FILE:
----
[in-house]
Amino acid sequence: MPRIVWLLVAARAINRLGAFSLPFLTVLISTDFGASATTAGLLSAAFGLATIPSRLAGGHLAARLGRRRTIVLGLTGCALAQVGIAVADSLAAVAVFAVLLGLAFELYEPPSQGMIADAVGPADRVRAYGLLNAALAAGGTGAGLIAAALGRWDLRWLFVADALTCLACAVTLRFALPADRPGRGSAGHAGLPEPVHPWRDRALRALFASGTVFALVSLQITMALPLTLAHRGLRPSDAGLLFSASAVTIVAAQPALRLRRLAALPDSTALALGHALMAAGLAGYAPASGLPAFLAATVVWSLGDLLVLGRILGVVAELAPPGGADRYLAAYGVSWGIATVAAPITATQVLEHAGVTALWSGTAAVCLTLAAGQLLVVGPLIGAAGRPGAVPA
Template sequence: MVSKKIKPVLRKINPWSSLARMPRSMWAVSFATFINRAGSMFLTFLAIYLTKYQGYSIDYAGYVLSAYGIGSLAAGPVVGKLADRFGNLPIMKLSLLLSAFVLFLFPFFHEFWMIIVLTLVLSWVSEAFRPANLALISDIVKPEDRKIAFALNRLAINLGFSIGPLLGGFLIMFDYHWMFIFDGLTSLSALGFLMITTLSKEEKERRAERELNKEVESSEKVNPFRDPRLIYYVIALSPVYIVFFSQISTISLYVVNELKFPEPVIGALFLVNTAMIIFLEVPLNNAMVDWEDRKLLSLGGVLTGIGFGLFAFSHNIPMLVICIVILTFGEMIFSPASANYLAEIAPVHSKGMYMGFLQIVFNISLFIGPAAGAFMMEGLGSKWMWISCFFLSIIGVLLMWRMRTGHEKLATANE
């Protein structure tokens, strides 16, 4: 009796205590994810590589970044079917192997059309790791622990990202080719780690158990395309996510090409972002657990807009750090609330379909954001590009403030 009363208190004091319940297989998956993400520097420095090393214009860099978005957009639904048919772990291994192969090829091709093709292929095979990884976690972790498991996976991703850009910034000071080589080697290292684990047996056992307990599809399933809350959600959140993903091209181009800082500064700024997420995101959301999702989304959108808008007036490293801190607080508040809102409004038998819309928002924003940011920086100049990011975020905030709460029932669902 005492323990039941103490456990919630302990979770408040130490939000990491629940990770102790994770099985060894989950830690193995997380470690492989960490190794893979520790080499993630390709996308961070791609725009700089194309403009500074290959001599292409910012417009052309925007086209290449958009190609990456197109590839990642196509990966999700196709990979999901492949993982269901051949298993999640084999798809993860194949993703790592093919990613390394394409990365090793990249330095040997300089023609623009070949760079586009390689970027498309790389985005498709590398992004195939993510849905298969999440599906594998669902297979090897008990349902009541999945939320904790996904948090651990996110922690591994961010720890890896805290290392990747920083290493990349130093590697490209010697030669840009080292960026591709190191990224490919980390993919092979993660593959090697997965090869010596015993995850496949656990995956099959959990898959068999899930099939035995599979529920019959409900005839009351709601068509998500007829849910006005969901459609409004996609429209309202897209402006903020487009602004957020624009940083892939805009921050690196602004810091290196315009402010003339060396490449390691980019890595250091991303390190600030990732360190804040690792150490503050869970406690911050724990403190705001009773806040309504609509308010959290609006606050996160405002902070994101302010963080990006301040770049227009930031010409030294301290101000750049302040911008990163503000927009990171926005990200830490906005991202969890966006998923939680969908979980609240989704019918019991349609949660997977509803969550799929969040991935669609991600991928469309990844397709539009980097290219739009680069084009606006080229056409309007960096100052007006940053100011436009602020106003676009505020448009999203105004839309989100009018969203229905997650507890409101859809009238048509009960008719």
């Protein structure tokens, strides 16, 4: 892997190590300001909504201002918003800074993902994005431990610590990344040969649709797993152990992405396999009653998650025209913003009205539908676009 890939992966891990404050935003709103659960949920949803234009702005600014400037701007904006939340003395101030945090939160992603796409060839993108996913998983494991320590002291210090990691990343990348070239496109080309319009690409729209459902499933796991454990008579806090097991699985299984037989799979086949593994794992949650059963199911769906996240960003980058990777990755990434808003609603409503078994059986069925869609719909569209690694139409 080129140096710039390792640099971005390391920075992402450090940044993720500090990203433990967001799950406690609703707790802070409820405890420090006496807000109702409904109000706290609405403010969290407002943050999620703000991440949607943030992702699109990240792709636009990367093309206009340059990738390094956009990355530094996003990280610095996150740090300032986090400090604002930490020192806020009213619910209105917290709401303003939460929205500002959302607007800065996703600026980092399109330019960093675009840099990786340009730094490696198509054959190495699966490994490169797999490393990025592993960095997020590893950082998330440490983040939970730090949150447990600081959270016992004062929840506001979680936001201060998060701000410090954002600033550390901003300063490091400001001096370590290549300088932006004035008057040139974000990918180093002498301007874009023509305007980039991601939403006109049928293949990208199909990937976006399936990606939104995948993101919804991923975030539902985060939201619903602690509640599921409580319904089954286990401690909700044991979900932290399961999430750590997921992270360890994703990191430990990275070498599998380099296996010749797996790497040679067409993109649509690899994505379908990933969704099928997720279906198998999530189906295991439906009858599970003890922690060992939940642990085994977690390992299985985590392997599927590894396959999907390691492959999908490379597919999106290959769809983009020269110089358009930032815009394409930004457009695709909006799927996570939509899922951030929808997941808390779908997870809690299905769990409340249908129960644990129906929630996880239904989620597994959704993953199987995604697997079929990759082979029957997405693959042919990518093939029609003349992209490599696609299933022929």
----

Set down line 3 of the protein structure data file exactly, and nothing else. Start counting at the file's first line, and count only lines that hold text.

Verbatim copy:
Template sequence: MVSKKIKPVLRKINPWSSLARMPRSMWAVSFATFINRAGSMFLTFLAIYLTKYQGYSIDYAGYVLSAYGIGSLAAGPVVGKLADRFGNLPIMKLSLLLSAFVLFLFPFFHEFWMIIVLTLVLSWVSEAFRPANLALISDIVKPEDRKIAFALNRLAINLGFSIGPLLGGFLIMFDYHWMFIFDGLTSLSALGFLMITTLSKEEKERRAERELNKEVESSEKVNPFRDPRLIYYVIALSPVYIVFFSQISTISLYVVNELKFPEPVIGALFLVNTAMIIFLEVPLNNAMVDWEDRKLLSLGGVLTGIGFGLFAFSHNIPMLVICIVILTFGEMIFSPASANYLAEIAPVHSKGMYMGFLQIVFNISLFIGPAAGAFMMEGLGSKWMWISCFFLSIIGVLLMWRMRTGHEKLATANE